As anyone would hope, his long term hope if for the war to end and to be able to return to Syria. Despite the anti-refugee pleas, he makes it abundantly clear that Syrians are not here not to drain the system: “I’m sure that if the war ends, the international community will be surprised by the Syrians – that they will not have to kick them out, that they will go themselves to their land, to their country to rebuild it and to help its progression for the better. Khaled does not want to be seen as a “victim”. As a Palestinian Syrian he has witnessed things many of us take for granted but all he wants is to be respected, to be seen and treated as a normal human being and to be a able to live a decent life:

I blame all this situation not just on the Syrian war but as a Palestinian; I blame it on Israel because they are the reason behind my family and I going to Syria – living as a refugee in Syria and then coming here, living as a refugee here. I don’t want any material compensation. I want emotional compensation because I felt humiliated [..] for the suffering, the frustration I felt. […]

Do you see an end to the oppression… of the Palestinian people in the near future?

No solution. I don’t like playing the victim role. I just want to be a normal human […]. Respected.

So there we have it – so many issues and it’s in our hands to help as much as we can.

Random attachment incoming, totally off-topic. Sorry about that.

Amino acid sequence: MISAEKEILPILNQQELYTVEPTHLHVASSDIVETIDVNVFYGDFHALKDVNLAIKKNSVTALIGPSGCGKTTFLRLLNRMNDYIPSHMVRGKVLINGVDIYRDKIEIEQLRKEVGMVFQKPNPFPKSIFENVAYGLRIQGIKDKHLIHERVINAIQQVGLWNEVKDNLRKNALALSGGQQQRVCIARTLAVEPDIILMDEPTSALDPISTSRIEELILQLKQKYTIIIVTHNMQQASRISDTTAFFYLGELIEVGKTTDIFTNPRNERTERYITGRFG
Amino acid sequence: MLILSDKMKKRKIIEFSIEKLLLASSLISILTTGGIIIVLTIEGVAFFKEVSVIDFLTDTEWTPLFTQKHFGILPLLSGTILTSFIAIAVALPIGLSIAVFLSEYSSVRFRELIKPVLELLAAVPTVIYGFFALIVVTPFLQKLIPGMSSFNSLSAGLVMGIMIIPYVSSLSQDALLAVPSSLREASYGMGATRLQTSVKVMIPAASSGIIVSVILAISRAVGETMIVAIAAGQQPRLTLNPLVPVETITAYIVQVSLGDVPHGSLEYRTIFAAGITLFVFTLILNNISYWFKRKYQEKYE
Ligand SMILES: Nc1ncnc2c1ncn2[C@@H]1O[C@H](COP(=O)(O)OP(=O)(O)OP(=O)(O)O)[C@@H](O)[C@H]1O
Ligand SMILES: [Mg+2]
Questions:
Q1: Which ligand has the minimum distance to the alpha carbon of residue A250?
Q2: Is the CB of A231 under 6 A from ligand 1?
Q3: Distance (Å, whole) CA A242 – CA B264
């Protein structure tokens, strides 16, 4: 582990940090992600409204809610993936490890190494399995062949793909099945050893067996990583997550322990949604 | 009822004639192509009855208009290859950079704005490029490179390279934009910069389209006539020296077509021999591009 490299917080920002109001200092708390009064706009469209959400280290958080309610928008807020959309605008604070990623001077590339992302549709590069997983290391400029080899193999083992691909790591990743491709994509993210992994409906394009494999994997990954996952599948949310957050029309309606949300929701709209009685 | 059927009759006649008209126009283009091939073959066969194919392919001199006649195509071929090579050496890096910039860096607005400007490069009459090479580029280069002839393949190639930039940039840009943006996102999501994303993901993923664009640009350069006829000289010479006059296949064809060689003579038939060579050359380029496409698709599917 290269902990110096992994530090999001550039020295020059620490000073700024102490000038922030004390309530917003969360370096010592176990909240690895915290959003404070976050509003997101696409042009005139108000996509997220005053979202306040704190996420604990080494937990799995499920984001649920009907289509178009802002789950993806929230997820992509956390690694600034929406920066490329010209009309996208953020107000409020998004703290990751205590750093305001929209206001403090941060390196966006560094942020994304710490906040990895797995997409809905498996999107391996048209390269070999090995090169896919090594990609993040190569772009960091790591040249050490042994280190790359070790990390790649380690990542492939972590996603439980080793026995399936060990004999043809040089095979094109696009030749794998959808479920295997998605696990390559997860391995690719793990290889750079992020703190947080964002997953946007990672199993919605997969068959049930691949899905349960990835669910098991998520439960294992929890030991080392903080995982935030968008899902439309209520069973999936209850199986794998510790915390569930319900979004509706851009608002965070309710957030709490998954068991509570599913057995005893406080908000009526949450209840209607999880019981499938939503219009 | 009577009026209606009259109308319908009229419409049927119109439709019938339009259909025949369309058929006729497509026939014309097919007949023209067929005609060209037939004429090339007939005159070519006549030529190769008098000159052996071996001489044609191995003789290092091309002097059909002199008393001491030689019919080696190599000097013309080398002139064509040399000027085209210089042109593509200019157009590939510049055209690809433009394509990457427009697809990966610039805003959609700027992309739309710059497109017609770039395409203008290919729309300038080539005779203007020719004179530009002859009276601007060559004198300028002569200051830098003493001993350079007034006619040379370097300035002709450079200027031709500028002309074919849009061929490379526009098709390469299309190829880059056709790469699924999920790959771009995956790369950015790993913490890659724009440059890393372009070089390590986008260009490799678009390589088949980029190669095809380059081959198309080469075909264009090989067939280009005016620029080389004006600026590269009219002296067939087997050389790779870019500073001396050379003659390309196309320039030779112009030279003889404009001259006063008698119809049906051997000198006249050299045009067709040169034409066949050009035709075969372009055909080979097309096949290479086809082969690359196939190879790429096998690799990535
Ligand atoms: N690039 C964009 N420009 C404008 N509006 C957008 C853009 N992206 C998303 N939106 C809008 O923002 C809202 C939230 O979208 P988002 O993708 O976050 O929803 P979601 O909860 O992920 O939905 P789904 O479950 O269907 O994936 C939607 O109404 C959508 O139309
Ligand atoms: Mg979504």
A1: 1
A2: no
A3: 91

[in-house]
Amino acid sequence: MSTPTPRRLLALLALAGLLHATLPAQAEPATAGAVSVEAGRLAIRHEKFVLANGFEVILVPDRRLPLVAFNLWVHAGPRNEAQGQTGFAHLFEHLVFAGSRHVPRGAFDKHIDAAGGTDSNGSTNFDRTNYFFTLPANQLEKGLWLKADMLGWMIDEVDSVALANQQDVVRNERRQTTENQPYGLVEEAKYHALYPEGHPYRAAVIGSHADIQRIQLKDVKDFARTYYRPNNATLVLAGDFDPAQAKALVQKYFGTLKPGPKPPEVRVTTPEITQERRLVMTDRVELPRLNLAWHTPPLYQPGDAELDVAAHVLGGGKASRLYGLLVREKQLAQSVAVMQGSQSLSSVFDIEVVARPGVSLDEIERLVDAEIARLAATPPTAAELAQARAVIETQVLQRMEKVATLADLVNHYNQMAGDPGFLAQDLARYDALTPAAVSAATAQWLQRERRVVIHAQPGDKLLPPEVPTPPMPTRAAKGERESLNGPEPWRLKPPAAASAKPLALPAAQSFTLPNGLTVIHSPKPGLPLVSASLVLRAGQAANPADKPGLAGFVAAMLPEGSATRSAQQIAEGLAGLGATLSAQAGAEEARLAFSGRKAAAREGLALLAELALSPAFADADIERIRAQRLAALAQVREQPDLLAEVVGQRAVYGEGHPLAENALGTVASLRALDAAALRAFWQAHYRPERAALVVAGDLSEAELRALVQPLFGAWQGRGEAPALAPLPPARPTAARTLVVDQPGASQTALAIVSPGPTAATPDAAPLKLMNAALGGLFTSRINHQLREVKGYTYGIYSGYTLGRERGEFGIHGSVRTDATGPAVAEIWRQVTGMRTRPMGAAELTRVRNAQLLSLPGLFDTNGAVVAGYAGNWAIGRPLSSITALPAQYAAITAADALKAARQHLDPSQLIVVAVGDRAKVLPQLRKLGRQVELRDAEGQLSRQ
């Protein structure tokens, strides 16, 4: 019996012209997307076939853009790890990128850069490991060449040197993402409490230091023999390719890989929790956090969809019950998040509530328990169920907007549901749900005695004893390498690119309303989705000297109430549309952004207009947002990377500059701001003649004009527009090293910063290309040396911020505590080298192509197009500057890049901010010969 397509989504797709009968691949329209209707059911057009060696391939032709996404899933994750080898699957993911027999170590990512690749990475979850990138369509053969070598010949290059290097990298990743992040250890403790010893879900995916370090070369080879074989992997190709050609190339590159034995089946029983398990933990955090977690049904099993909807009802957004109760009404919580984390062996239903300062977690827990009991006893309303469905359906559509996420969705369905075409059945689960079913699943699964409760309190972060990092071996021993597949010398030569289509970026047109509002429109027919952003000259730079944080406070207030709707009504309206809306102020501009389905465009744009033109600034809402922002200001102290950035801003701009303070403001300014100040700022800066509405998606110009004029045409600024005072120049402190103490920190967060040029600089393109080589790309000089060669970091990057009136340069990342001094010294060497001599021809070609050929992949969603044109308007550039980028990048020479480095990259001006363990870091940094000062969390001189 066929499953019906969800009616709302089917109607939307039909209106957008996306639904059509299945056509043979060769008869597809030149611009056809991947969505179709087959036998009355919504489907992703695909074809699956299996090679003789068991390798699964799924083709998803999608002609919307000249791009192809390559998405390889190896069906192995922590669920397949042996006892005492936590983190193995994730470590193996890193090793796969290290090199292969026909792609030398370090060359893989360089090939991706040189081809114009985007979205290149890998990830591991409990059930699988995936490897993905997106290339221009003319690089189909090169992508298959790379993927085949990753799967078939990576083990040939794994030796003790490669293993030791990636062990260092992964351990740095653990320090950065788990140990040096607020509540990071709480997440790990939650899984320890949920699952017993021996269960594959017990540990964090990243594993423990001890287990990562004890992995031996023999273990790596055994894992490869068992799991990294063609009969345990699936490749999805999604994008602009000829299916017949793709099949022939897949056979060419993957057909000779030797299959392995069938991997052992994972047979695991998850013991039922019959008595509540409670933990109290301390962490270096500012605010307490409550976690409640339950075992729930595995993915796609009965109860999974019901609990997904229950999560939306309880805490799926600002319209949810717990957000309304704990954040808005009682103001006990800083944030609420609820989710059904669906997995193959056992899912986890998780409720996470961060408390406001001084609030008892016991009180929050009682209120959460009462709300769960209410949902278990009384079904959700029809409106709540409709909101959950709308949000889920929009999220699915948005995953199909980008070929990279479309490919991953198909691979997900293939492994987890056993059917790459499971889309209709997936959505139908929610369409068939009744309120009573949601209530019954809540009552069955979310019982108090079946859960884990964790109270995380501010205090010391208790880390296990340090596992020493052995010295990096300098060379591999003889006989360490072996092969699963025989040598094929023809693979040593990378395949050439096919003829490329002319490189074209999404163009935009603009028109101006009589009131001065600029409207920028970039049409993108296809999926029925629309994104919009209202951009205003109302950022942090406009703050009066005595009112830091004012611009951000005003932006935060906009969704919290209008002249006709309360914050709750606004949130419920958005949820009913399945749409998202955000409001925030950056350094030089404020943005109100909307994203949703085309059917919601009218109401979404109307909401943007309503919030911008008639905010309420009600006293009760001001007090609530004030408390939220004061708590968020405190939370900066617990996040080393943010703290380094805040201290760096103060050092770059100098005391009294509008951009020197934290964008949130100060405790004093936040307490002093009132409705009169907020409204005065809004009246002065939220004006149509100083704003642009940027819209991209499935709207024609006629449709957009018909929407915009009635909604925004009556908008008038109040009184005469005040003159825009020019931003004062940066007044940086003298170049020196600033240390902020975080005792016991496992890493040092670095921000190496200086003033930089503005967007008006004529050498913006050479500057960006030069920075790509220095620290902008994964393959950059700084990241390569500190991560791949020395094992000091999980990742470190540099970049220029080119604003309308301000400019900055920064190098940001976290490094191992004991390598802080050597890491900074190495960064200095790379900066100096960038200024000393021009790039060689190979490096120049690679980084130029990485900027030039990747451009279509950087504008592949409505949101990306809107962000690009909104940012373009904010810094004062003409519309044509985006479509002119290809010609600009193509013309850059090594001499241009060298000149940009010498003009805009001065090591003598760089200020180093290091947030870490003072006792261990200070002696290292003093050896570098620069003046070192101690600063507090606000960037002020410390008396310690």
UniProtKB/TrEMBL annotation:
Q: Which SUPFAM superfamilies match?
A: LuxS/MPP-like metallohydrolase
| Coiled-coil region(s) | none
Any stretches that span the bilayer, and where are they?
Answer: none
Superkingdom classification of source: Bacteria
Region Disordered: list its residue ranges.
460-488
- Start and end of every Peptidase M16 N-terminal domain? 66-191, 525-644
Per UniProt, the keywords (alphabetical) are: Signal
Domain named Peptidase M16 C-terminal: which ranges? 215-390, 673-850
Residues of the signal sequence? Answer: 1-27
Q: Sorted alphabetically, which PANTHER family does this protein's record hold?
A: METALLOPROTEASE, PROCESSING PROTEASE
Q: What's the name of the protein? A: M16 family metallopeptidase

Building bridges – how can we help?

Whilst we all hope for peace in Syria and (I would hope) freedom for the Palestinian people, in the meantime – what can we do to help? For those in a similar situation to Khaled and locals, what can be done to create a better environment? For those wanting to help refugees and asylum seekers in their country, Khaled suggests cultural exchanges – exchanging national dishes and languages. I’m a firm advocate of such activities. Even amongst a climate of racism and Islamophobia here in Spain, people love couscous. Look at how the Balti in Birmingham forged a new British culture in which British Asians are just as British as a family with no migrant history. Beyond socio-cultural exchanges, we can do a lot to help the crisis: “Raise more awareness, be more sympathetic, because they ignored it [the war] for a long time – this is how it ended up, people coming here, flooding in”.

If you’d like to help with the Syrian refugee crisis locally or internationally, here are some suggestions:

  • Volunteer with local, national or international refugee and asylum seeker organisations – lend your time and skills. There is a great need for ESOL teachers, translators/interpreters, immigration specialists and medical personnel
  • If you are a linguist: join Translators without Borders
  • If you are a medical professional: get in touch with Doctors without Borders
  • If you are a professional counsellor or medical professional: get in touch with bodies which offer health care for those who’ve suffered trauma. In the UK for example, try Freedom from Torture
  • Get involved with groups going over to and helping in Calais – or further afield. Info can be found via Google or searching via Facebook and Twitter
  • Donate to relevant NGOs working in your country or abroad
  • Take part in or start your own food or donation bank/collection including your family, friends and other members of the community to give to Syrian refugees within your own country or abroad (this could include money, clothes, shoes, toiletries, maternity and baby items, children’s toys etc.)